So I am back into the pain meds and water scene. This hit me about a half hour before I was going to perform at the standup comedy open mike.
I think I played the songs well, but I really have no idea what I said during the set, except to interfere with the MC (which is expected)
I did Trophy Wife and Low Self Esteem (in honor of getting the benefit discs)
I headed home right after my set.
So what ferocious pains are you all suffering today?
3. Do you know someone personally that is living with AIDS? That has died of AIDS?
I dropped the other questions, mostly because I have been with one person for the last 17 years, so my danger level is pretty low.
But, I did want to write about two friends of mine.
L was a large, hysterically funny, outgoing arabic man who I went to college with. He was the target of what was probably my best insult ever (which he then used on others). One fairly drunken night he was telling me how cute I was (this was when I was young and skinny and pretty) and how if I ever had an urge ...
My reply was to look him in the eye and say "but L, I prefer men".
His reaction was loud and hysterical and very funny because it was followed with "I am stealing that line".
He also came up with the best line ever about me. I used to be an avid Donkey Kong player. He once said that I liked the game so much because I talked like the little man sounded. Simply the best comment on my stutter ever. My then g/f was there when he said it and and told me about it because, knowing me well, knew that I would find that sort of poking fun to be extremely funny. Me being me I of course bugged him with it saying "SO, I sound like the little guy in Donkey Kong do I?" This followed by another wonderful L explosion.
This sort of banter typified our friendship.
He was one of the most vibrant folks I have ever known. Imagine John Rhys Davies as a flaming, flaming, flaming queen, with an enormous and glorious baritone voice and you have a good idea. He died a couple of years after we moved back to Iowa. He had been living with the disease for several years, but just wasn't strong enough to continue. The world is a sadder place for his not being in it. I miss him.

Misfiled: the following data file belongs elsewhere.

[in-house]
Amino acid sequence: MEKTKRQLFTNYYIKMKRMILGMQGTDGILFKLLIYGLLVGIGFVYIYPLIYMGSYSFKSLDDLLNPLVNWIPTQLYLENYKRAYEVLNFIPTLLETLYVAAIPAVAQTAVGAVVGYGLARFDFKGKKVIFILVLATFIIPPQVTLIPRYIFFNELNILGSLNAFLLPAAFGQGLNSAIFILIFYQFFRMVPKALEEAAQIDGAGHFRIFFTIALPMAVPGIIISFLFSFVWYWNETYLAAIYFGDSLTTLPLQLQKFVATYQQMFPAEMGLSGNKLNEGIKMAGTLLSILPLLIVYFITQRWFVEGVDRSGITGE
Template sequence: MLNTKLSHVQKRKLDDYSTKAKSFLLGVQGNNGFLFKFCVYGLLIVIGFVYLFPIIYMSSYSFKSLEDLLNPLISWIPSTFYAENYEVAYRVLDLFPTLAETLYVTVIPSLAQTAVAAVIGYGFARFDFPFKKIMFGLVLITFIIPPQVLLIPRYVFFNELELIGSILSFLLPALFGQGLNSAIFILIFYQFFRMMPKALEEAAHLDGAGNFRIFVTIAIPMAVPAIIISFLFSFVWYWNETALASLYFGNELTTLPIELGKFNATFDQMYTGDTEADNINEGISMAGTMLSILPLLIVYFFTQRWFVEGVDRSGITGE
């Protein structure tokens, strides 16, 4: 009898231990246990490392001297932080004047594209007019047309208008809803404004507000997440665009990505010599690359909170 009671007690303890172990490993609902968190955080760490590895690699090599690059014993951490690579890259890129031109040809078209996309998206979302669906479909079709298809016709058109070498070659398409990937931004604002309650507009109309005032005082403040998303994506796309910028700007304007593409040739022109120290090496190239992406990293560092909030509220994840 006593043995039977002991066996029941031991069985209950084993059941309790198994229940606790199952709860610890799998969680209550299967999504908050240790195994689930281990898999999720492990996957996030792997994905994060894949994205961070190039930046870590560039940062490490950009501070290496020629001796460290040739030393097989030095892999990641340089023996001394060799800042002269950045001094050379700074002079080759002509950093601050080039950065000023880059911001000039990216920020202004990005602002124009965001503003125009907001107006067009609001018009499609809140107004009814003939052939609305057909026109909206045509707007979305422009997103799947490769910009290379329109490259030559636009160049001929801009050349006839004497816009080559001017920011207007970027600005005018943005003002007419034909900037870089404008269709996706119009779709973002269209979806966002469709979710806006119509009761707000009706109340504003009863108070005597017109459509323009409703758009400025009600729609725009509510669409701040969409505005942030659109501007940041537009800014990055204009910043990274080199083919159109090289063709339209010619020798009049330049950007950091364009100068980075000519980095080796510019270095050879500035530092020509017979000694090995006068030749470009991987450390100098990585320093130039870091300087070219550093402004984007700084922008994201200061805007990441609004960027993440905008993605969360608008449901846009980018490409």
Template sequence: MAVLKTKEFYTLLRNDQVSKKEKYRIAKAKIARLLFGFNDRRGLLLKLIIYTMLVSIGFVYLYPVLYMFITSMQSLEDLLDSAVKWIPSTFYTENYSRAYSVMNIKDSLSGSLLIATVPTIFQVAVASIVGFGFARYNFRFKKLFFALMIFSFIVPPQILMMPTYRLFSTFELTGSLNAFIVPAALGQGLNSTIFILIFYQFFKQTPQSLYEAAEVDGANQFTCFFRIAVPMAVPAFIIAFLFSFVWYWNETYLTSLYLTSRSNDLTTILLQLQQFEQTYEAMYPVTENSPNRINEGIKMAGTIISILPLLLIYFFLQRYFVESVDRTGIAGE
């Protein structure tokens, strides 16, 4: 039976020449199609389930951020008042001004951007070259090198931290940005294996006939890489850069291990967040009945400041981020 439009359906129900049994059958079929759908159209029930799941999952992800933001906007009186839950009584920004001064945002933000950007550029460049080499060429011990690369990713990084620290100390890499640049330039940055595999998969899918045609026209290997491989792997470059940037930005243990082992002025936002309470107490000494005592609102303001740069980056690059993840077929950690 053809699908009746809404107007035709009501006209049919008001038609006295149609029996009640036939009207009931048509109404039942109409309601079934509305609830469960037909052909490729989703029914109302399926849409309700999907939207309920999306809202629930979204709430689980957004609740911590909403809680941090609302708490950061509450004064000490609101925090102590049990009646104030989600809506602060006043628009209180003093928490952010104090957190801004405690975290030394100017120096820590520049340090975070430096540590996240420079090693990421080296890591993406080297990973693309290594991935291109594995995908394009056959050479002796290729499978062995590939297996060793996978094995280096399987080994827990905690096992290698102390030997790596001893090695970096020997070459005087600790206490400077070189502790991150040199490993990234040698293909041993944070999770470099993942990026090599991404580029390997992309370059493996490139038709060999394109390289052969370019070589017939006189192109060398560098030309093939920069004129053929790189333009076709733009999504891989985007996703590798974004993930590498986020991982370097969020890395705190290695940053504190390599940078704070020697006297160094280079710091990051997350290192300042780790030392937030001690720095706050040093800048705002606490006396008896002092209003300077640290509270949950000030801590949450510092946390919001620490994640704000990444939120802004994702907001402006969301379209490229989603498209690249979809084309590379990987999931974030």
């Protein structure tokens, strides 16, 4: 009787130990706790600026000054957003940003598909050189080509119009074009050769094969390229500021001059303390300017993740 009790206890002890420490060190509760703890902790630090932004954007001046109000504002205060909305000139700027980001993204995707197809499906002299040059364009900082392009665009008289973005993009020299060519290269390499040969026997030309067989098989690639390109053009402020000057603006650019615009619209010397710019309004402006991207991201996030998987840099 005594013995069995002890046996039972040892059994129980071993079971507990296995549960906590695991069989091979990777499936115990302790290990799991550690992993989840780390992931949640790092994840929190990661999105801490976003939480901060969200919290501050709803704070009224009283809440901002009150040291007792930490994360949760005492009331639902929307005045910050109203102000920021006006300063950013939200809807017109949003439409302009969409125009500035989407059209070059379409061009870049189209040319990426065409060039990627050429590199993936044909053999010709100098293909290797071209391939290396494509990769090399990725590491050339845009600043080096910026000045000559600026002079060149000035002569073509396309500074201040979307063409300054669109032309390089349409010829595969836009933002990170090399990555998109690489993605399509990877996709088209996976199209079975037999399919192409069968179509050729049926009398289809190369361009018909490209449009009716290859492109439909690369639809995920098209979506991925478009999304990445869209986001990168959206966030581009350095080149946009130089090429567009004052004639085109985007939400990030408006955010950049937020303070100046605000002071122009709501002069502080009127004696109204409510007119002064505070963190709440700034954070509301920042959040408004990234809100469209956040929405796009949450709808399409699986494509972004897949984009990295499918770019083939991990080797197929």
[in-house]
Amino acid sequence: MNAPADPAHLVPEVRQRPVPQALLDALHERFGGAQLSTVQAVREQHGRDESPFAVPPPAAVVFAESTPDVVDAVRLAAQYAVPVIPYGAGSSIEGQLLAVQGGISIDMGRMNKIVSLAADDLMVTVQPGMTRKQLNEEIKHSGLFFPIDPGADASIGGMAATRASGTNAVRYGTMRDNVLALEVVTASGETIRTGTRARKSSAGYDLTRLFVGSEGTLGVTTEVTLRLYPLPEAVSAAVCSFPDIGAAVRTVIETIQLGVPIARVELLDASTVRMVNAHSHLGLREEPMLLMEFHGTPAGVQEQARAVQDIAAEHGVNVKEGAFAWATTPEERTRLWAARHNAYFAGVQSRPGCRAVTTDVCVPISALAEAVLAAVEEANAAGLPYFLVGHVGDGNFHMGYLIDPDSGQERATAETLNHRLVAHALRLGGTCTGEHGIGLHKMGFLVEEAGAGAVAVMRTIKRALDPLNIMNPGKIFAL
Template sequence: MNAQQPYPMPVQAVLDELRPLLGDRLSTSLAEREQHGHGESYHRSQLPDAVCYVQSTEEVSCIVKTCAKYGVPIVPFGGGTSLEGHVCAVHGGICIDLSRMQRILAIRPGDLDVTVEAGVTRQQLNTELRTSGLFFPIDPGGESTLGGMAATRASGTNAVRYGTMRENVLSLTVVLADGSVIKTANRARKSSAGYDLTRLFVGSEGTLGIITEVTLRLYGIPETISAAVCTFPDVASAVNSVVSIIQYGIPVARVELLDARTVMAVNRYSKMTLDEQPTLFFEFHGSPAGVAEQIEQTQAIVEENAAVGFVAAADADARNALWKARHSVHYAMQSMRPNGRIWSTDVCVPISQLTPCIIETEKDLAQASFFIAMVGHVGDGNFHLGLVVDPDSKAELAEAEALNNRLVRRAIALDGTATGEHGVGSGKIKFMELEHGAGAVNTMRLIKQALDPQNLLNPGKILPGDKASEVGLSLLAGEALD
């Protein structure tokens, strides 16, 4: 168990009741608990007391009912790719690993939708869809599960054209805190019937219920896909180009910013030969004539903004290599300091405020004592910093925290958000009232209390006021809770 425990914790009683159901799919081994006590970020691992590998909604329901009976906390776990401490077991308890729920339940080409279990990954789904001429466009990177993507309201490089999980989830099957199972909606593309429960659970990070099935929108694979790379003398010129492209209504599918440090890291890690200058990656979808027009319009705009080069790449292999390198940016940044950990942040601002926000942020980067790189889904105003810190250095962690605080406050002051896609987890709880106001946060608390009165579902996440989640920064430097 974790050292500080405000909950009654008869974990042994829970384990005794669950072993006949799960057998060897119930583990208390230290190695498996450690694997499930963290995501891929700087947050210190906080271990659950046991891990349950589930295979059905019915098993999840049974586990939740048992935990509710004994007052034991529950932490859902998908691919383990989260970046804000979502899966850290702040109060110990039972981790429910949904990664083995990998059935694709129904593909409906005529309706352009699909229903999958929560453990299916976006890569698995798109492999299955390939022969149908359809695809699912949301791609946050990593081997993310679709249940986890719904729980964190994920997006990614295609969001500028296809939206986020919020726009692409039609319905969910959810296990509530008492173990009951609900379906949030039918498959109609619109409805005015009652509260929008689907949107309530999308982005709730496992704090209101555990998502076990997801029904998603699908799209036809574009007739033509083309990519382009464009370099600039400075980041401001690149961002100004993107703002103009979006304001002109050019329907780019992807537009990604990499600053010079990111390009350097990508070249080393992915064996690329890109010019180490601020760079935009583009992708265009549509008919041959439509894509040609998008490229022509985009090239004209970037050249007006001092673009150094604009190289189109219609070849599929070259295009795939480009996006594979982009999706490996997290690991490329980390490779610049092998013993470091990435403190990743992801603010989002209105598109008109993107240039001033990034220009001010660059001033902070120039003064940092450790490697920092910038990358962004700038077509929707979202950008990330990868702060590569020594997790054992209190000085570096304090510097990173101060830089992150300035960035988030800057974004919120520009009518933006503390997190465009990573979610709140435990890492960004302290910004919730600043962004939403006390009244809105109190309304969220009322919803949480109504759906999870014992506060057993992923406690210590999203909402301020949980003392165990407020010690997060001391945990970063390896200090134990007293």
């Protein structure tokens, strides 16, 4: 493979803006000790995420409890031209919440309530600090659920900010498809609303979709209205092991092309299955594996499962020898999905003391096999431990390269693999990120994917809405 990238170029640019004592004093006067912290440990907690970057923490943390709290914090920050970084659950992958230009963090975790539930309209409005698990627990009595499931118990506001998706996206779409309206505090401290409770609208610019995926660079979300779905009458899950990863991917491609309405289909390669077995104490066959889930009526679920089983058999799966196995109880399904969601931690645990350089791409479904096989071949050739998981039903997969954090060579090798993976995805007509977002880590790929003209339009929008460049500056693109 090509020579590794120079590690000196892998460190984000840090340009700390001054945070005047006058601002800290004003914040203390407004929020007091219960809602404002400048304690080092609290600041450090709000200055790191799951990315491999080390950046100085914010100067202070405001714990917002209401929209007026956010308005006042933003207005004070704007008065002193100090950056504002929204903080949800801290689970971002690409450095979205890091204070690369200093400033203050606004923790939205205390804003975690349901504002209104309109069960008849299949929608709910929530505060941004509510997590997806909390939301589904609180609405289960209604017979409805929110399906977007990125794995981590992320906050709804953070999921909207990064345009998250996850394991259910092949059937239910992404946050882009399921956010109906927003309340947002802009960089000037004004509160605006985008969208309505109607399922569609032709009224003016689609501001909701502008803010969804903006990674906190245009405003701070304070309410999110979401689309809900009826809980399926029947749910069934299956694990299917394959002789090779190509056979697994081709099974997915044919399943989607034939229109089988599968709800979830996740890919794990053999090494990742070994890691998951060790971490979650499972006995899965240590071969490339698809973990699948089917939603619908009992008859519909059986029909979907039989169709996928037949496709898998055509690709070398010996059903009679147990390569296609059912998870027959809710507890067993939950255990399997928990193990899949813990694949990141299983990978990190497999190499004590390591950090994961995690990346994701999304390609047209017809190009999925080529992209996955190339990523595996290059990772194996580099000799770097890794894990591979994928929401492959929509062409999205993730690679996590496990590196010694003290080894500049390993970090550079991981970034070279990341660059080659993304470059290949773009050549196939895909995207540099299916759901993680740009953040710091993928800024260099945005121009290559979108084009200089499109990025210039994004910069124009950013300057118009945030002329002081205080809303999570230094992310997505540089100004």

L lived in a house with two friends of mine. When he graduated another fellow moved in in his place. A very talented young actor who I shall call D. D became aware of his infection when we were still in Chicago, so 13 or more years ago. He survives. I hope that he continues to do so. He never liked me much, but I certainly liked him. He was funny, amazingly powerful onstage and one of the rudest people it has ever been my pleasure to know.
There is this song on the No Alternative record that came out a decade or so called Glynis. She was the bass player in a band called Friends Of Betty, this amazingly chaotic punk band who were one of my favorites at the time and then later the brilliant Red Red Meat. She had been fighting some sort of illness for some time. I'm not sure if it was known before or after she died that she had AIDs. But one day her hair fell out, and about a week later she was dead. RRM was playing a show shortly afterwards. They had been using a replacement bass player for a couple months. I remember walking into a new silent club and being hauled aside by Tim, the lead singer. "Have you heard". I had. "I wanted to be the one to tell you if you hadn't". He was terrified, since they had been involved on and off for several years. He's ok, still negative, but he won't talk about that time much.
Back to the song. It is this awful touchy feely wimp of a song. Everyone I ever talked to who knew her agrees that she would have hated it. Rage, that is what she would have wanted. She loved loud, obnoxious, fun music. Billy Corrigan did her such a dis-service with this whiny song. For that matter he hardly knew her.
I'm sad that I will never see her brandishing her beat up fender bass like it was a rhythm guitar, pounding out chords where most would just play a note. She was fun, odd, beautiful in a decidely Glynis sort of way. A blast onstage. She had a sharp sense of humor which took some aback, but which I loved, me being me and all.
Three folks of such talent, two of them gone.
I'm listening to Air America ... Randi Rhodes is brilliant